Bruins defense did its part in comeback against Cougars
LOS ANGELES (AP) — Linebacker Josh Woods and the rest of the victorious UCLA traveling party already knew how their improbable 67-63 win at Washington State had unfolded. Still, they couldn’t help but watch a replay of the third-largest comeback in FBS history on their charter flight back home.
“I couldn’t script a better movie ending for that game,” Woods said. “It was just fun time, a great team win.”
What stood out to wide receiver Kyle Philips on the tiny seatback screens early Sunday morning was the same reaction he had during the second half when the Bruins had started to rally back after trailing 49-17 midway through the third quarter — that a defense that would end up allowing 720 yards of total offense and nine touchdown passes to the Cougars had provided a critical spark.
Woods recovered two fumbles and intercepted a pass, accounting for three of the defense’s six takeaways against Washington State. UCLA (1-3, 1-0 Pac-12) forced just two turnovers during its three nonconference losses.
The redshirt senior thought Washington State was susceptible to takeaways because the wide receivers were “loose” in holding the ball. That suspicion proved to be the case, with Woods recovering a fumble with 2:27 remaining in the fourth quarter that set up the winning 15-yard touchdown pass from Dorian Thompson-Robinson to Demetric Felton.
Coach Chip Kelly praised Woods for not giving up on the play even after the whistle had blown, jumping on a fumble forced by linebacker Krys Barnes. It was Woods’ immediate recovery that resulted in the change of possession after video review determined Washington State wide receiver Easop Winston Jr. was not down before the ball came loose.
“Josh was rushing the passer, but it was a byproduct of his effort in turning and running to the football, which we practice every day,” Kelly said. “But with 2:38 to go in the game, he’s really doing it.”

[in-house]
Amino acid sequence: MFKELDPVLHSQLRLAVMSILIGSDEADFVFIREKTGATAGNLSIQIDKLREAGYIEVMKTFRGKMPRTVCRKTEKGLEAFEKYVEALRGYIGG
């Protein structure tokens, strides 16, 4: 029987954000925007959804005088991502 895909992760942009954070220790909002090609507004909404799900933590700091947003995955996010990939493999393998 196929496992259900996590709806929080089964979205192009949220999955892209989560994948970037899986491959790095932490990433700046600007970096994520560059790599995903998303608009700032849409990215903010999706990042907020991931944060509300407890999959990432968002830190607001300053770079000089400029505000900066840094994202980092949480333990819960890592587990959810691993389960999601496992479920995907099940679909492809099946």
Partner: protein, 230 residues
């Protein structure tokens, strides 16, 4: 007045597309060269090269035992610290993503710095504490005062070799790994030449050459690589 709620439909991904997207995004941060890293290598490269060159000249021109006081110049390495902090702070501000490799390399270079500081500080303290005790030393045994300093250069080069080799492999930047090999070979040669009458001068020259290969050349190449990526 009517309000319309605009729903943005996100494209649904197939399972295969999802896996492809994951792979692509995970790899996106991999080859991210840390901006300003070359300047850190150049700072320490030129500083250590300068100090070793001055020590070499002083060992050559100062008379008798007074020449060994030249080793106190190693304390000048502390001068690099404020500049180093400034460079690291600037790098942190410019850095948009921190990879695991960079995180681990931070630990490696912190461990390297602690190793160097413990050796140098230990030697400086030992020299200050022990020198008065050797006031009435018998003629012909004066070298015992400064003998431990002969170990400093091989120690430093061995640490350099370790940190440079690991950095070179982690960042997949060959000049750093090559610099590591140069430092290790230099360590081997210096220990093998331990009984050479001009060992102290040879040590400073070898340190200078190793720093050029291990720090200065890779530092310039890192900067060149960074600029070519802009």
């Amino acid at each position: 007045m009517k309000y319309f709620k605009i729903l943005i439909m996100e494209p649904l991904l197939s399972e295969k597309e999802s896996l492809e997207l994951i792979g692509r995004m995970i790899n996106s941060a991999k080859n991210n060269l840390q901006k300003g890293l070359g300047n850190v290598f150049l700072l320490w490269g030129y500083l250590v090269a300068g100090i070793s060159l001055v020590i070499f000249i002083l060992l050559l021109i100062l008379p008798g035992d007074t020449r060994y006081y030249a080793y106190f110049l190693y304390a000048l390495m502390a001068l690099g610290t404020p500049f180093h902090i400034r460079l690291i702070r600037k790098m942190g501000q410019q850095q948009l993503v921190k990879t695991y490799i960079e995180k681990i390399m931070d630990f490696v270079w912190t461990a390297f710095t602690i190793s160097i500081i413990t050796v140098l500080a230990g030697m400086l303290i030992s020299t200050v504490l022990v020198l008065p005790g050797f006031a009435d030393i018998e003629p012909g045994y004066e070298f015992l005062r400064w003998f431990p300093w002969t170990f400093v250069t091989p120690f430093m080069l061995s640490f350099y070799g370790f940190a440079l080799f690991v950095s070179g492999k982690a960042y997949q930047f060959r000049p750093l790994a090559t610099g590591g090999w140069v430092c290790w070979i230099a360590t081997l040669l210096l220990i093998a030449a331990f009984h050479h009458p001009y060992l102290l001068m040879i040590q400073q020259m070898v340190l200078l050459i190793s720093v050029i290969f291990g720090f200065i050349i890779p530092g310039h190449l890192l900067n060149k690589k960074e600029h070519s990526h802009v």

The sequence was emblematic of the determination that fueled UCLA’s comeback.
“You have to keep that mindset the whole game,” Woods said. “You can’t let up no matter what the score is.”
Woods would know about big comebacks. He was a junior when UCLA rallied from a 34-point deficit to beat Texas A&M 45-44 to open the 2017 season, second only to when Michigan State overcame a 35-point margin to defeat Northwestern in 2006.
“That’s my second big comeback, and those times are special,” Woods said. “You always remember them.”
But those Bruins were unable to carry the momentum from that win through the rest of the season, finishing 6-7. Coach Jim Mora was fired after the loss to rival Southern California, and Kelly was hired six days later.
Kelly’s ballyhooed arrival has not yet turned UCLA into a consistent winner, in part because of an underperforming defense that has failed to produce takeaways and tackles for loss at the same rate the defense did during his successful stint at Oregon. While this win could represent a turning point in his tenure after going 3-12 through his first 14 games in Westwood, Kelly went out of his way to emphasize that the Bruins are not a finished product yet, pointing to the number of missed tackles that allowed Washington State to amass so many points and yards.
“Fortunately for us, in a shootout game, we were prepared to play in a shootout game and capitalized on it,” Kelly said. “But last week’s game doesn’t have any bearing on this week’s game, and that’s what I think our players have to understand. We played well last Saturday ’cause we practiced well during the week. That’s the real correlation that we’re trying to hit home with our players.”
The message seems to have taken hold, as Woods said he had moved past the win as soon as practice started on Monday morning.
“We put it to bed right now,” Woods said. “Now it’s Arizona.”